YOU ARE HERE: LAT HomeCollections


Just Checking--Is $17,000 Too Much?

September 12, 1993|CARLA LAZZARESCHI

Q: My wife and I are arguing about how much money we should keep in our checking account, which pays a bare minimum interest rate. My wife has squirreled away $17,000 in the account--an amount I think is about three times the absolute limit it should contain.

Who's right? It might help you to know that we have paid off our mortgage and have more than $50,000 in credit union and bank accounts. -- R.A.H .

A: Getting involved in marital disputes is generally risky, but we'll wade right in. Our experts side with you. They wonder if you need to keep even $5,000 in a checking account when you already have $50,000 readily accessible in savings accounts.

In general, the experts recommend that you keep no more than one month's worth of expenses in a checking account. Additionally, you can keep the equivalent of about three months' expenses in a highly liquid savings account of some sort. This should cover most emergencies and give you enough time to cash out other investments in the event of a catastrophe.

Los Angeles Times Sunday September 19, 1993 Home Edition Business Part D Page 5 Column 6 Financial Desk 1 inches; 24 words Type of Material: Column; Correction
NOTE: An item in the Sept. 12 column should have mentioned the Fidelity group of mutual funds as among those not charging a commission to invest in California municipal bonds.

What should you do with the extra money your wife has accumulated? Our experts suggest a compromise: a no-load mutual fund that allows checking privileges but offers a higher interest rate than a conventional checking account.

You might even consider a fund--such as those offered by Franklin and Dreyfus--that invests in California municipal bonds if you want a doubly tax-free investment.

Both the Franklin and Dreyfus California tax-free funds are well respected and require no up-front load or commission.

Whose Social Security? Widow Has a Choice

Q: I began getting Social Security widow's benefits at age 60. At age 65, I wanted to transfer to my own account and was told I could not do so. I think I was given the wrong information. What can I do? -- G.M.W.

A: As a widow, you are entitled to switch from widow's benefits to your own account at age 65, but your benefit may be less than what you received as a widow and you certainly wouldn't want to give up benefits just to draw on your "own" account.

The Social Security Administration representative might have made a mistake in advising you. But in all likelihood, the representative was trying to explain that while you are entitled to make the switch, you would be better off keeping your widow's benefits.

To be absolutely sure you are getting what you are entitled to, you should immediately return to the Social Security office and ask for a review of your case.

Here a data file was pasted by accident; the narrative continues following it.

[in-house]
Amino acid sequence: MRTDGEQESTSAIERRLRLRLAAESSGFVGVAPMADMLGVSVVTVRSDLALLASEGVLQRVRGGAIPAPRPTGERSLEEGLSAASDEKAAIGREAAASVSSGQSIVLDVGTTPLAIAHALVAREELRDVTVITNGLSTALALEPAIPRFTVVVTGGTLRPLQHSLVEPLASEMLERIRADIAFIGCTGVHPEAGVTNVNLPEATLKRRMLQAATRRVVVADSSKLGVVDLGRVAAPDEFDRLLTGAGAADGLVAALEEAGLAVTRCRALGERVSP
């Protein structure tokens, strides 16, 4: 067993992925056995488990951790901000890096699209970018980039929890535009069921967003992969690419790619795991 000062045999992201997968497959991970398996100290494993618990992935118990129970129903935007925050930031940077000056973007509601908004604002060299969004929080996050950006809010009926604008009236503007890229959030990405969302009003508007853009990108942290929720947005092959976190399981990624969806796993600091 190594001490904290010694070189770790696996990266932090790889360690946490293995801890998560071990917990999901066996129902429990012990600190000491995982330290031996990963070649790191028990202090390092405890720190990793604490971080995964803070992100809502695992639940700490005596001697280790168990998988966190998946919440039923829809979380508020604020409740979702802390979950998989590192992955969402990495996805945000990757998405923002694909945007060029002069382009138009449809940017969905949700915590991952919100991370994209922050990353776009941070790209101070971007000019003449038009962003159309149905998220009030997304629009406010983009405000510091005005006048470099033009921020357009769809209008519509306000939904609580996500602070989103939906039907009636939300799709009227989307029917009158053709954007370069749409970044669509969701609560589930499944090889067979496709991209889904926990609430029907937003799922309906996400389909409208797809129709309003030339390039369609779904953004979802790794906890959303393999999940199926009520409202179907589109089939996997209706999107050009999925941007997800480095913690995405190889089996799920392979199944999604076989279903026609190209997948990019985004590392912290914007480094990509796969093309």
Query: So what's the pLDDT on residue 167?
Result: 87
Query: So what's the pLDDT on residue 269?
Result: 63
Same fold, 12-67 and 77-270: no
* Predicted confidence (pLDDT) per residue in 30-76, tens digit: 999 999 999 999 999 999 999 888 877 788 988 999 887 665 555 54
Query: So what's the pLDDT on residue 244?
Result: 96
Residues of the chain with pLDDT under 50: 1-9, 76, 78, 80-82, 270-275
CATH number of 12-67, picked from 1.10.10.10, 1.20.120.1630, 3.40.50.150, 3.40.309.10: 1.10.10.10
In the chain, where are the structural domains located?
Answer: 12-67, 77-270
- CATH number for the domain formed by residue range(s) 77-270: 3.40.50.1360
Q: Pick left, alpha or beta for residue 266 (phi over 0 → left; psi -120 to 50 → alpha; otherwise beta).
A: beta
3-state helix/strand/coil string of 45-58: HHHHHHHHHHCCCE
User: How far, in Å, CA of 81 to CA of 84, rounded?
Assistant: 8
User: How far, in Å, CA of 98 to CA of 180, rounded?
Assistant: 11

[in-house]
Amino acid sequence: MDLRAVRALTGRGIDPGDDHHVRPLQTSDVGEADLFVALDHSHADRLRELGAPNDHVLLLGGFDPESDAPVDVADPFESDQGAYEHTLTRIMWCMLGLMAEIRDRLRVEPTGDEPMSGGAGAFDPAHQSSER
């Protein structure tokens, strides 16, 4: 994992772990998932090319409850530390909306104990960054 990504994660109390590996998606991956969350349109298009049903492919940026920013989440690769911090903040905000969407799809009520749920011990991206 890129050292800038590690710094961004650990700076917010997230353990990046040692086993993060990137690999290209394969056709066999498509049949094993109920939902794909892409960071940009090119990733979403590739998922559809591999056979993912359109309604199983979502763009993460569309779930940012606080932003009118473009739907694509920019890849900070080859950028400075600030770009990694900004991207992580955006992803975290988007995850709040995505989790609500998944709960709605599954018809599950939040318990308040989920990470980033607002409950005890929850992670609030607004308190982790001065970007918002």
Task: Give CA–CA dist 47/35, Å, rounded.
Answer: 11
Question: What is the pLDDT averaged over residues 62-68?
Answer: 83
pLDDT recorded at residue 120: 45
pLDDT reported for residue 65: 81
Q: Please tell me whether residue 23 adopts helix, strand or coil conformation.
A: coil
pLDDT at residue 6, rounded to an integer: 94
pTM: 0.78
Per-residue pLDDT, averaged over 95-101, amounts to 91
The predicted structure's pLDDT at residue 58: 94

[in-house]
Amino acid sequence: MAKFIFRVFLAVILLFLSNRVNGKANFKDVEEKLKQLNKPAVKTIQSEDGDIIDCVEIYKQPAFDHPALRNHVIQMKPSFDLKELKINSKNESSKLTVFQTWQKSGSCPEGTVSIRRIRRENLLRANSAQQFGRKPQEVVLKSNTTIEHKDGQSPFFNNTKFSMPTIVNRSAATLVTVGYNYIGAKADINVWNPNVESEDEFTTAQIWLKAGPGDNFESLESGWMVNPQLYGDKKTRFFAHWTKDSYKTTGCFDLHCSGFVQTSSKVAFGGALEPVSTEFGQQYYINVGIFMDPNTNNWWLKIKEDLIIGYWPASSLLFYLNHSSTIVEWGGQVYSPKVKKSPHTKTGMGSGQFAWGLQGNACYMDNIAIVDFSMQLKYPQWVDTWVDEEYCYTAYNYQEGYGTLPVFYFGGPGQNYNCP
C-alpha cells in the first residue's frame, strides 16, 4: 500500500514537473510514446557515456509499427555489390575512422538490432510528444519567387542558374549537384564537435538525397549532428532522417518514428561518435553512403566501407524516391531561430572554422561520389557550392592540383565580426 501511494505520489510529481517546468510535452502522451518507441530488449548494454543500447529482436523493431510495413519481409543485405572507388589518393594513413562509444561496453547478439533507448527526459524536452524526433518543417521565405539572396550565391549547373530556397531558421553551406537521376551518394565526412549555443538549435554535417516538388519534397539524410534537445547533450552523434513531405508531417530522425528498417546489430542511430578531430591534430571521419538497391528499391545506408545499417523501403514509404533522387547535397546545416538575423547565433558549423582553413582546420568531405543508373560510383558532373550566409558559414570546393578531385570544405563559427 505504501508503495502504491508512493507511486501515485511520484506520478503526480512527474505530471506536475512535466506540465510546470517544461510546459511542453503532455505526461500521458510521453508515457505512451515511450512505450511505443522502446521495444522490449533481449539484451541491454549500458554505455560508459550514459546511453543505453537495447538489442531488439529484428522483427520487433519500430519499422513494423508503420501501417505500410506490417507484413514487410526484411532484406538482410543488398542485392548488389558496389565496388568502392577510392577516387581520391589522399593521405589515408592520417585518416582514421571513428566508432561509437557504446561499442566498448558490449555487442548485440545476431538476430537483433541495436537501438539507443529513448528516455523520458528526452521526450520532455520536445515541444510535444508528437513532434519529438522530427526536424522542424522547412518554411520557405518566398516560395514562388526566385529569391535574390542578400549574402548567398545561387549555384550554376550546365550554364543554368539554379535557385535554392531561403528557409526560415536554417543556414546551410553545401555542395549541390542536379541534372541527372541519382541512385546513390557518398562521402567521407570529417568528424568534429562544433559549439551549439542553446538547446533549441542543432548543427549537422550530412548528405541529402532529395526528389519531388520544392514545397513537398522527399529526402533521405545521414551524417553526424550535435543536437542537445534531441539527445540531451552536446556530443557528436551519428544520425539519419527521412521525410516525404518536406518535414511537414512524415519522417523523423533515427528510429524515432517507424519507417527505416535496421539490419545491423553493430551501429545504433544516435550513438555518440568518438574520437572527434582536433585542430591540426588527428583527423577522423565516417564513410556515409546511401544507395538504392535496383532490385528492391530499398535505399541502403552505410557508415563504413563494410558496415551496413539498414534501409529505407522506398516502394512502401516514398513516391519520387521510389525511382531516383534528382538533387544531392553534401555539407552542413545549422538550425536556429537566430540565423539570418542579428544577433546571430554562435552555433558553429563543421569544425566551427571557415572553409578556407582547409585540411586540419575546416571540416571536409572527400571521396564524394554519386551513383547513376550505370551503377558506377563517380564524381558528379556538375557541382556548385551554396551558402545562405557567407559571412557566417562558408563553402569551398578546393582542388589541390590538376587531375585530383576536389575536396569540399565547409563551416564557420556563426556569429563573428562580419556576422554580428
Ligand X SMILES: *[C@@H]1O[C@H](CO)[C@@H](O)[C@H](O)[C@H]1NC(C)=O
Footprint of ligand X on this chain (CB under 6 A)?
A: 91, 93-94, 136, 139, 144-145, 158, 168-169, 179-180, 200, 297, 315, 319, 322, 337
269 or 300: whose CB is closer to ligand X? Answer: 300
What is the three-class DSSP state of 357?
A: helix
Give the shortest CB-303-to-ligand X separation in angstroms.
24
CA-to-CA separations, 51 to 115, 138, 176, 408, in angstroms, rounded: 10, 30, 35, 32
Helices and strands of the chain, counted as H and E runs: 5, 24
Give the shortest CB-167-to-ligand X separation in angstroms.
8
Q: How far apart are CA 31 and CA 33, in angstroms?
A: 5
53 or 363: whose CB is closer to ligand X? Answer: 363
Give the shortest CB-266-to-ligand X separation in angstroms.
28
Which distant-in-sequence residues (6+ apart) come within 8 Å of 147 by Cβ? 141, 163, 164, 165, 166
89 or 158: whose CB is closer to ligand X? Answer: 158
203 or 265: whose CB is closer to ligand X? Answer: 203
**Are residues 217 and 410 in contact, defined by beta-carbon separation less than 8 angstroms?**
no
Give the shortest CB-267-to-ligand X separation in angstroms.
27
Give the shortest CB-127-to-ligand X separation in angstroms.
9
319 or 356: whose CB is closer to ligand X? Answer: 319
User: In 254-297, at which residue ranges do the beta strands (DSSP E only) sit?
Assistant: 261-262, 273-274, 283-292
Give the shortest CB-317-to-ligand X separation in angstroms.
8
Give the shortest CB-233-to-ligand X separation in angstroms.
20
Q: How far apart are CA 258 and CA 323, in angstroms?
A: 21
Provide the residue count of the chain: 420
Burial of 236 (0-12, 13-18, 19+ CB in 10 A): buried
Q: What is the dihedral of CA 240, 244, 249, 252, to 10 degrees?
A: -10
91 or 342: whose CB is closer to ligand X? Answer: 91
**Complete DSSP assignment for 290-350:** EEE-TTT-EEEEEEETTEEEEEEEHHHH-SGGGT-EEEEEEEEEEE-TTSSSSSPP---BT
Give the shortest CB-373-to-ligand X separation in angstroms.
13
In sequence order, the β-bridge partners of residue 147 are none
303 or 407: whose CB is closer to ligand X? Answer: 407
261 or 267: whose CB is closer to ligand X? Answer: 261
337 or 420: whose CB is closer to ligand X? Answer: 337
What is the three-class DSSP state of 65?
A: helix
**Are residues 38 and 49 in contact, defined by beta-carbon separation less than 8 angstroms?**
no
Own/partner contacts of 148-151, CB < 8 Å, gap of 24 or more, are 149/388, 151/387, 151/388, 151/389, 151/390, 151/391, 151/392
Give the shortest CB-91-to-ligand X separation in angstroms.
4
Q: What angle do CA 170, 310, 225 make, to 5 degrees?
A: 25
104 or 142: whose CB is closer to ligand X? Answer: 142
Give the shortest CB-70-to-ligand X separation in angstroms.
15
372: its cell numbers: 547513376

The law guarantees you the higher amount: either your own benefits or widow's benefits.

Spending on Lottery Is Not a Donation

Q: I play the state lottery a lot. Given that about half the money collected goes to the public schools, shouldn't I be able to deduct half my costs as a charitable contribution? I keep all my stubs. -- T.B.

A: Neither the Internal Revenue Service nor the state Franchise Tax Board consider playing the lottery the moral or legal equivalent of making a charitable contribution. As they see it, your primary motivation for buying a lottery ticket is to take a chance at winning a prize.

Should you win the lottery, however, the IRS allows you to deduct the cost of tickets from your winnings, as long as the deductions do not exceed your winnings.

California does not tax state lottery winnings.

An Inherited 'Loss' Suffered by No One

Q: I know that the tax basis of inherited property is its value on the date of death of the donor. But what if the asset left by the deceased has lost value since its acquisition? Can the recipient choose between the stepped-up basis and the original one? --R.Q .

A: Assets bequeathed at death are valued as of the donor's date of death--regardless of whether they are worth more or less than the donor paid for them. Recipients have no choice in the matter. And if you think about it, why would the government want to give you the opportunity to claim a loss you never suffered?

Consider this example: Your aunt leaves you 1,000 shares of stock at death. She paid $10 a share for it, but it is worth just $5 a share at her death. Selling it for $5, you would realize proceeds of $5,000--tax-free.

Why should Uncle Sam give you an additional $5,000 "investment loss" for the stock's decline in value? You didn't suffer that decline. Your aunt didn't either, since she never sold the stock.

The "loss," such as it is, goes unrecognized--and is not deductible.

Computing Earnings of Accumulated Stock

Q: I am trying to figure out how to compute the yield of my electric company shares. I bought 600 shares and have added about 425 over the years through the company's dividend reinvestment program. --C.T .

A: The formula is a fairly simple one--if you have kept track of the paperwork from each of your dividend reinvestments.

First, add up your total investment in the stock--the initial purchase plus each reinvested dividend.

Next, divide that total by the number of shares you hold. This gives you an average per-share cost.

Now divide your average per-share cost into the stock's annual dividend, a figure readily available in newspaper listings or on your most recent statement from the company. This will give you the average annual yield on your holdings.

Los Angeles Times Articles